Today on Earth day, we'll be planting the pumpkin and watermelon seeds for the summer. Always fun to pick some pumpkins in the middle of summer to make some fresh pies.

  2. I have been struggling to keep a dwarf meyer lemon tree alive. Do you know of any organic fertilizer/food that might help? It's been indoors all winter with plenty of light and the right amount of water and seemed to be thriving. Then, all of a sudden, it began dropping leaves and looked like it was going to die, but now, I see some new growth. Still, though I've had it for a year and a half, no flowering or fruit.

    1. I have no personal experience of growing an indoor lemon, but Jobes does make a citrus food.

      In general when stressed, plants prefer not to be fed. Best to let it recover, first.

      Have you ever fertilized your tree?

      Leaf drop could be caused by drought, or by overwatering. Hard to know which, from a distance. New growth sounds promising.

      Also, rotate the pot so all sides get light.

    2. fwiw: my experience with citrus in pots (in California) is that my citrus would drop all their leaves due to lack of water. Was terrifying to see, but with proper water and attention, the leaves would grow back relatively quickly. Overwatering tended to lead to droopy yellow leaves, but not a leaf drop. Your mileage may vary however. If you're seeing new growth, that's a good thing.

  3. I've been using Espoma products for years- all with gorgeous results. I also use clean waste products from local waste water treatment plants. In Akron, Ohio the city offers the best bagged organic fertilizer you can use, plus clean mulch from tree chipping. When we're up visiting that neck of the woods, my husband will drive back a trunk full to use here in New Orleans. It's like a magic bullet!

  4. a lovely, gentle manifesto!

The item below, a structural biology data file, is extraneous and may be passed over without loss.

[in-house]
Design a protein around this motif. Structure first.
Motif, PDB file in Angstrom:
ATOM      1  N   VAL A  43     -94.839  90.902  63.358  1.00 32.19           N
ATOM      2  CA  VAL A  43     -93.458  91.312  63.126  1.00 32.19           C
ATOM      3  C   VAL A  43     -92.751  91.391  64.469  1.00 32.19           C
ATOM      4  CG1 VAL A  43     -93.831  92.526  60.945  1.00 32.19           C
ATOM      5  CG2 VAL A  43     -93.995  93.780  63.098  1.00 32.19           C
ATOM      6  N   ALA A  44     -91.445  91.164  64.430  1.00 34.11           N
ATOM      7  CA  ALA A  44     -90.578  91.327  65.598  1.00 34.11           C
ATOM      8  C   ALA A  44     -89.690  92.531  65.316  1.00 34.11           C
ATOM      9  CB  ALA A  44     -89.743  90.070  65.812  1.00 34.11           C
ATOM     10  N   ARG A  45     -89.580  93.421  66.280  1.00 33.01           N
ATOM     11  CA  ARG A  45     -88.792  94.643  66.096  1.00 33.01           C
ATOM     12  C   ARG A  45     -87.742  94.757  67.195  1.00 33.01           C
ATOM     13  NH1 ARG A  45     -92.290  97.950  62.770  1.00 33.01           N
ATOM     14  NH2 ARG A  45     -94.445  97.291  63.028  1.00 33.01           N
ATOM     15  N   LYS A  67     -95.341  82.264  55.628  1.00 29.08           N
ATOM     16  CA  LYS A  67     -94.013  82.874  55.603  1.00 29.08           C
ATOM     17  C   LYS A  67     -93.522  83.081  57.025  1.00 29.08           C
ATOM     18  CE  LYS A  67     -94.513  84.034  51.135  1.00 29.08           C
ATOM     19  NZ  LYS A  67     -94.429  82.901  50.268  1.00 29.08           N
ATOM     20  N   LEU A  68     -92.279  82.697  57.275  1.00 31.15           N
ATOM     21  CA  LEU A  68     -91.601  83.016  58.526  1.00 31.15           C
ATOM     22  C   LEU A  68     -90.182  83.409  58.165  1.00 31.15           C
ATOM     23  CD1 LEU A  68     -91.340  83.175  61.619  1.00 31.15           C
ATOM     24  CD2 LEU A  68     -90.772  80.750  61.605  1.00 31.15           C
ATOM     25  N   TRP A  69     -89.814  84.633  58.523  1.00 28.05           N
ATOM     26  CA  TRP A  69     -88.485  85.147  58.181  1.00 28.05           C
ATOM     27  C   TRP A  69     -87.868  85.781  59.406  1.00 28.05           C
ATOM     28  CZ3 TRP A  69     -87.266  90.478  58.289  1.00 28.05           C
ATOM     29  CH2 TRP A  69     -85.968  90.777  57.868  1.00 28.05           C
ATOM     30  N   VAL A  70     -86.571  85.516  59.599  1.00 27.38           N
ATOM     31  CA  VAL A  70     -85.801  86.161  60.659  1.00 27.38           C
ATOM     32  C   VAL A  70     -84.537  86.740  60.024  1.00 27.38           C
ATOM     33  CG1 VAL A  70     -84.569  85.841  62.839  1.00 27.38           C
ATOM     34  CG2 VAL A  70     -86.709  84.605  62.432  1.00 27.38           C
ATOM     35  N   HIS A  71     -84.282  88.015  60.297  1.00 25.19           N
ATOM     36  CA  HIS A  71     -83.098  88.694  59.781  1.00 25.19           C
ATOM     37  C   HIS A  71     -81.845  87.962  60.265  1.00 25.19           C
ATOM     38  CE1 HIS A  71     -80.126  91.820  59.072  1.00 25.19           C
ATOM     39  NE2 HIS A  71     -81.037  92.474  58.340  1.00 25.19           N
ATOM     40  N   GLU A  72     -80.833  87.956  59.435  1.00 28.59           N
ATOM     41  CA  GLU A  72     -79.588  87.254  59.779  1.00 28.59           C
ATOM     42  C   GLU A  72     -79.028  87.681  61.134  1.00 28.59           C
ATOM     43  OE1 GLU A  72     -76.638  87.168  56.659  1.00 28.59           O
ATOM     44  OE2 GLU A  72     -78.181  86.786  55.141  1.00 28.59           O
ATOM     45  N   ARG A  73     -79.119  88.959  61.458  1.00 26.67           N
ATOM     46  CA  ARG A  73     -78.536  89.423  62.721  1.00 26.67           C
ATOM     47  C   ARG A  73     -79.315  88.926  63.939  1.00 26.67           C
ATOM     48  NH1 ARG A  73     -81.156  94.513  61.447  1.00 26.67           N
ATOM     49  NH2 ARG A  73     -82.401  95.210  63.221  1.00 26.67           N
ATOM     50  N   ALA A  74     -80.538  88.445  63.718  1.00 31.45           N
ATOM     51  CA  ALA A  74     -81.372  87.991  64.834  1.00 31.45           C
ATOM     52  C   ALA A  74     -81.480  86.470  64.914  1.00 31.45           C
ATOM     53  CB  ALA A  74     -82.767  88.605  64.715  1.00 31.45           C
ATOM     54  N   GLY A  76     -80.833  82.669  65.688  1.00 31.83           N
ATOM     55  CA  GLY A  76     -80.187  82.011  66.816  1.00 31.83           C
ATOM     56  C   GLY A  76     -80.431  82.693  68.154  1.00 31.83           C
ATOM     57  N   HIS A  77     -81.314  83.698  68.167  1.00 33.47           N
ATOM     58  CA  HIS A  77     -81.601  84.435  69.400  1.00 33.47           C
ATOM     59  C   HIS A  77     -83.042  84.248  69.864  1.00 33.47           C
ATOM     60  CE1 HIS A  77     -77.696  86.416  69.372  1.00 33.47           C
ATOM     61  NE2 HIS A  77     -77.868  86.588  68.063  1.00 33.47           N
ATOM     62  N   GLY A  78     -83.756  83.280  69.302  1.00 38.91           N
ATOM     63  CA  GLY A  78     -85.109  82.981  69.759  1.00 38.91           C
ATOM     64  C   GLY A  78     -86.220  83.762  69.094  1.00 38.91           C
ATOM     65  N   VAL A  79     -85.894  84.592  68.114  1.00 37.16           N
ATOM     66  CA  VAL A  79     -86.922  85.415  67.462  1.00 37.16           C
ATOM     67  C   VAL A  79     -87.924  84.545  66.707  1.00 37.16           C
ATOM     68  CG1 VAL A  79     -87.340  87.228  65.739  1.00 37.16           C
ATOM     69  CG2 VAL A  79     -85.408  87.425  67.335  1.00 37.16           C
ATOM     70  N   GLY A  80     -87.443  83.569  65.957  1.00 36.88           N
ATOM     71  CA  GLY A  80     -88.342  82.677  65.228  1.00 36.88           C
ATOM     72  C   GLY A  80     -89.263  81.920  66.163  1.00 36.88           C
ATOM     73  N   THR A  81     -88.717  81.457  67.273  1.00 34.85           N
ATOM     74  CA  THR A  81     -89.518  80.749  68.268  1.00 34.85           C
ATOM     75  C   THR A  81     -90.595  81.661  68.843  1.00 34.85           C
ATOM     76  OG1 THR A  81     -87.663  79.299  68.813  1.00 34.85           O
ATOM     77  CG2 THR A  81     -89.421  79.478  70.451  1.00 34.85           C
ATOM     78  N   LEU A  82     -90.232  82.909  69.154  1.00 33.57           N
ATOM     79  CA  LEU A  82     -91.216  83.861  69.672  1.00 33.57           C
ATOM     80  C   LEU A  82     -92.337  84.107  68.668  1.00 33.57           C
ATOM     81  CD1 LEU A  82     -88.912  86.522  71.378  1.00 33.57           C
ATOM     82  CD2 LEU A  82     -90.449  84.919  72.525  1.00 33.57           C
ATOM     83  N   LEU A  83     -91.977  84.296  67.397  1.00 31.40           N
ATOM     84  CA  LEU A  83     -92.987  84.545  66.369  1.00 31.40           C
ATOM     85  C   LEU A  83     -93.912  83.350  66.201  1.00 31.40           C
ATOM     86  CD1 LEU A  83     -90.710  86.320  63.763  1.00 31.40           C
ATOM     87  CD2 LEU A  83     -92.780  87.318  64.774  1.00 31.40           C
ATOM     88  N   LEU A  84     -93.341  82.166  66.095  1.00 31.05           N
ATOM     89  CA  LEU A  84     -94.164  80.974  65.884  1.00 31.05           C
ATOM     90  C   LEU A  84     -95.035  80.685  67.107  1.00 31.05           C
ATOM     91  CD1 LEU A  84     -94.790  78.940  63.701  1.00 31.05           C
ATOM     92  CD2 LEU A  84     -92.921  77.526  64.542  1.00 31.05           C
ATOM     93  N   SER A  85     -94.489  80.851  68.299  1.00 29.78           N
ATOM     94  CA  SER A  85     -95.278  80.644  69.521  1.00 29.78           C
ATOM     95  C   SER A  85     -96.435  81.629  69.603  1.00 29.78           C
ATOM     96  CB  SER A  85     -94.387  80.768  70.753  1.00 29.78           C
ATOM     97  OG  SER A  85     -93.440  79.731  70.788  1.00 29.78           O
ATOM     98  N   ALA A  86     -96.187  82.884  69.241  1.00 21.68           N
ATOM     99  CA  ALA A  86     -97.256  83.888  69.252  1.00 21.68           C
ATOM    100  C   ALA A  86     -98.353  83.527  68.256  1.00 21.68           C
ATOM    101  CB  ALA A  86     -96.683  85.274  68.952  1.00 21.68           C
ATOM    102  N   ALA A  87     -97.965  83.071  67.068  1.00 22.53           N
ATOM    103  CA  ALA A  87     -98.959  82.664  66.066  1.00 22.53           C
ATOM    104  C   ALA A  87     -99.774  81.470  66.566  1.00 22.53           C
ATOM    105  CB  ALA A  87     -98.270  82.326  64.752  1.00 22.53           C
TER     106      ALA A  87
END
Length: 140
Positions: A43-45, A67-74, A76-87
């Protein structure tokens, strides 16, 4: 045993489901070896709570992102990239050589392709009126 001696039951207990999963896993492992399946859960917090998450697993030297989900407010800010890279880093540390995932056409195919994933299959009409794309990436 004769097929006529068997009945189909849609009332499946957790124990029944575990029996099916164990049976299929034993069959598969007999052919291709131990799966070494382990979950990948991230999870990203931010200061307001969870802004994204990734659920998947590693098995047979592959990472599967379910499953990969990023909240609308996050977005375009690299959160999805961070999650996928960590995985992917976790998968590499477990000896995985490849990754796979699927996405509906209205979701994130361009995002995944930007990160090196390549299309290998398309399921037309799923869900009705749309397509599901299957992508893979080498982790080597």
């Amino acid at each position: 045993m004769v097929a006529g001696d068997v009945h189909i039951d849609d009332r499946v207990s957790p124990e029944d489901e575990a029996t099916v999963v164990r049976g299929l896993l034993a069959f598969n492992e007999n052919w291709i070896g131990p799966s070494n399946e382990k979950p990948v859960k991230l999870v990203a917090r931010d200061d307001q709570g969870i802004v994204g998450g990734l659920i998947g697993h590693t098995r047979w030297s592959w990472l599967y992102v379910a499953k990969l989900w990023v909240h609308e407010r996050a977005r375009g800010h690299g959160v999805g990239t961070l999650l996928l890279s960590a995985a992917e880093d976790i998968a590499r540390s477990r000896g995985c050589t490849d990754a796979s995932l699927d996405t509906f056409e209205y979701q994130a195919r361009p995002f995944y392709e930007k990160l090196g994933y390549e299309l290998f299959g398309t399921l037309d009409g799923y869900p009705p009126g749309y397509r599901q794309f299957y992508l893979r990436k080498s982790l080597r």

5. My plants seem to like Espoma, and doses of fish fertilizer.

    The real trouble I have is with procuring a decent organic potting mix. This year I've tried my own mix, but we shall see how that turns out.

    I've considered adopting worms!

  6. Couldn't agree more. We use homemade compost from kitchen and garden waste and scatter organic chicken poo pellets that are very easy to buy at garden centres here. We are totally organic now, except, and it is a big except, we have areas of triffid nettles that we do nuke once a year with a chemical spray, handpulling (ouch!) the rest of the year. They are monsters, I wish we didn't have to spray them. (We do leave them to romp in more hidden areas since they are great for butterflies.)

    Love your honouring of Earth Day. It isn't an event well publicised here in the U.K.

  7. Llama poo, from my work buddy whose 77yo mom has 15 of them! Great stuff.

  8. I bought bags of bone meal, rock phosphate and a number of other organic fertilizers hoping to mix up a batch of all purpose fertilizer but couldn't find any good 'recipes' online. Can you help?

    1. You might want to look at the "square foot garden" website and see if he has a recipe, or Andre Viette. I think they both have shown recipes in the past.

    2. Sounds great leedav - the recipe depends very much on what else you have. I'll ask around.

      Do watch out for rock phoshate. It is strip mined and its processing is problematic (lots of toxic fluoride is released). Bonemeal is an alternative.

  9. Espoma is my main food, but i do also make compost year round. Hope to grow my own worms in a few years and add castings to the mix.

    And a once a year drenching with 50 gals of pond water! (When we clean out the pond!)

  10. Thanks for your great post, Marie.
    On Earth Day, my gardener friend and I planted 1700 bulbs in the green - mix of snowdrops, winter aconites and bluebells - 300 gladiolus acidanthera bulbs and over 100 young alliums. Had our appreciative hands right in it : )

  11. Great information.

    Thank-you !